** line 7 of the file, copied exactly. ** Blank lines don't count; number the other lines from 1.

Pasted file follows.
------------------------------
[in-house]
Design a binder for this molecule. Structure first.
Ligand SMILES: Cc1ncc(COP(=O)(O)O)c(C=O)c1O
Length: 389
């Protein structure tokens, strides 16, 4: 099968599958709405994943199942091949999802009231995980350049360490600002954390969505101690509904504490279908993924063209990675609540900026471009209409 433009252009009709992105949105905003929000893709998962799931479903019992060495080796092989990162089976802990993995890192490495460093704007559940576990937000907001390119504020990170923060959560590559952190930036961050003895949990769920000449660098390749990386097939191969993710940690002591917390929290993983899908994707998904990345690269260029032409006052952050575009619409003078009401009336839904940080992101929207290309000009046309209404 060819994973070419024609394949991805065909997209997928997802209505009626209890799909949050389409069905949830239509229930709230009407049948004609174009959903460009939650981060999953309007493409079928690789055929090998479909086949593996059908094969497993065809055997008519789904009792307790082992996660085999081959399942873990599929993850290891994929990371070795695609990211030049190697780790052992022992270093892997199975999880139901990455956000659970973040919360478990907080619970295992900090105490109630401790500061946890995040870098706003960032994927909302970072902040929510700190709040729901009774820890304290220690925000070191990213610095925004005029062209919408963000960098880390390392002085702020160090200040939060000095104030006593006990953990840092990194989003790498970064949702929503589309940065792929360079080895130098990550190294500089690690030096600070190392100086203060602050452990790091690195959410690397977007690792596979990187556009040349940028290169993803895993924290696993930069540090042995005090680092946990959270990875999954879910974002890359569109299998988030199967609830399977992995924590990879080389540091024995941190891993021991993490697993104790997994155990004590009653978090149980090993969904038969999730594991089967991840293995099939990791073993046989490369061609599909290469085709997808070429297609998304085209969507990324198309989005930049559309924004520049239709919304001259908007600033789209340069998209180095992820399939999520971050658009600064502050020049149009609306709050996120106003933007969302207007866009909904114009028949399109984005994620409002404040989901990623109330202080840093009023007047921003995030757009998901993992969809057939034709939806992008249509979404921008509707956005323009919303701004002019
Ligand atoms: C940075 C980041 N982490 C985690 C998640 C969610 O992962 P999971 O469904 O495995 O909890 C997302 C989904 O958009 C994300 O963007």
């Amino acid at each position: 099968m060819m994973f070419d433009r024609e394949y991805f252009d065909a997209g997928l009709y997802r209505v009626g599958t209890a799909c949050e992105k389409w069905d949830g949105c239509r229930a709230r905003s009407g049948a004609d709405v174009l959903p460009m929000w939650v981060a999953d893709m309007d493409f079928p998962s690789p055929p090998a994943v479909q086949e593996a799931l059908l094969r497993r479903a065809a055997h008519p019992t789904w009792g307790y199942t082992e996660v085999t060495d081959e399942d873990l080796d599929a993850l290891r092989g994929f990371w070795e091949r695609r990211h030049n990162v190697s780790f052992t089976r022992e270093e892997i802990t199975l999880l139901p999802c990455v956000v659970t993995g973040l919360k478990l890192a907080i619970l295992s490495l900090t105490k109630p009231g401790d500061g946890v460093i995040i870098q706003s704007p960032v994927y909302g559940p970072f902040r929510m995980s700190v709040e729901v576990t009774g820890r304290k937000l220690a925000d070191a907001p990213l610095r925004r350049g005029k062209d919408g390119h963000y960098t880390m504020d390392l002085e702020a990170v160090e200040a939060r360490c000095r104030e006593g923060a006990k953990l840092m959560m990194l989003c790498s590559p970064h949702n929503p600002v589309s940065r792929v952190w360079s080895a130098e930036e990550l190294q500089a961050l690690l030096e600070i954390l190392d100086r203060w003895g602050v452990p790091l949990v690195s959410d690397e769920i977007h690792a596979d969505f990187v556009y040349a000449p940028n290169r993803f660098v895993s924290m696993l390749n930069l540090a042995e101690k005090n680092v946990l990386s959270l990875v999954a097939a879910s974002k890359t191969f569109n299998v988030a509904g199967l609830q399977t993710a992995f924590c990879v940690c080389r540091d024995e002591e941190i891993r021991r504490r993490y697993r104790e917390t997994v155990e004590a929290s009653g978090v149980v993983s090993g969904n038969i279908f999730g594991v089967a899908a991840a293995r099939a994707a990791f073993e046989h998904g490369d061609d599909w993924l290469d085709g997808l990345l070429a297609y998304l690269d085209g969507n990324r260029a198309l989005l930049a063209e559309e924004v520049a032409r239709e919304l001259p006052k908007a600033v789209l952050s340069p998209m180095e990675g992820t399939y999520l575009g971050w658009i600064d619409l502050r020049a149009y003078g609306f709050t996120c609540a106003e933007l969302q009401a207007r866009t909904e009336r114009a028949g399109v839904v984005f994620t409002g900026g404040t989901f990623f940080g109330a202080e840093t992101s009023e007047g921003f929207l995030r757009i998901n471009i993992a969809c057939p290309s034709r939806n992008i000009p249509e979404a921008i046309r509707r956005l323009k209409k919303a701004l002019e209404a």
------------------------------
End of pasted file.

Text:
């Amino acid at each position: 099968m060819m994973f070419d433009r024609e394949y991805f252009d065909a997209g997928l009709y997802r209505v009626g599958t209890a799909c949050e992105k389409w069905d949830g949105c239509r229930a709230r905003s009407g049948a004609d709405v174009l959903p460009m929000w939650v981060a999953d893709m309007d493409f079928p998962s690789p055929p090998a994943v479909q086949e593996a799931l059908l094969r497993r479903a065809a055997h008519p019992t789904w009792g307790y199942t082992e996660v085999t060495d081959e399942d873990l080796d599929a993850l290891r092989g994929f990371w070795e091949r695609r990211h030049n990162v190697s780790f052992t089976r022992e270093e892997i802990t199975l999880l139901p999802c990455v956000v659970t993995g973040l919360k478990l890192a907080i619970l295992s490495l900090t105490k109630p009231g401790d500061g946890v460093i995040i870098q706003s704007p960032v994927y909302g559940p970072f902040r929510m995980s700190v709040e729901v576990t009774g820890r304290k937000l220690a925000d070191a907001p990213l610095r925004r350049g005029k062209d919408g390119h963000y960098t880390m504020d390392l002085e702020a990170v160090e200040a939060r360490c000095r104030e006593g923060a006990k953990l840092m959560m990194l989003c790498s590559p970064h949702n929503p600002v589309s940065r792929v952190w360079s080895a130098e930036e990550l190294q500089a961050l690690l030096e600070i954390l190392d100086r203060w003895g602050v452990p790091l949990v690195s959410d690397e769920i977007h690792a596979d969505f990187v556009y040349a000449p940028n290169r993803f660098v895993s924290m696993l390749n930069l540090a042995e101690k005090n680092v946990l990386s959270l990875v999954a097939a879910s974002k890359t191969f569109n299998v988030a509904g199967l609830q399977t993710a992995f924590c990879v940690c080389r540091d024995e002591e941190i891993r021991r504490r993490y697993r104790e917390t997994v155990e004590a929290s009653g978090v149980v993983s090993g969904n038969i279908f999730g594991v089967a899908a991840a293995r099939a994707a990791f073993e046989h998904g490369d061609d599909w993924l290469d085709g997808l990345l070429a297609y998304l690269d085209g969507n990324r260029a198309l989005l930049a063209e559309e924004v520049a032409r239709e919304l001259p006052k908007a600033v789209l952050s340069p998209m180095e990675g992820t399939y999520l575009g971050w658009i600064d619409l502050r020049a149009y003078g609306f709050t996120c609540a106003e933007l969302q009401a207007r866009t909904e009336r114009a028949g399109v839904v984005f994620t409002g900026g404040t989901f990623f940080g109330a202080e840093t992101s009023e007047g921003f929207l995030r757009i998901n471009i993992a969809c057939p290309s034709r939806n992008i000009p249509e979404a921008i046309r509707r956005l323009k209409k919303a701004l002019e209404a």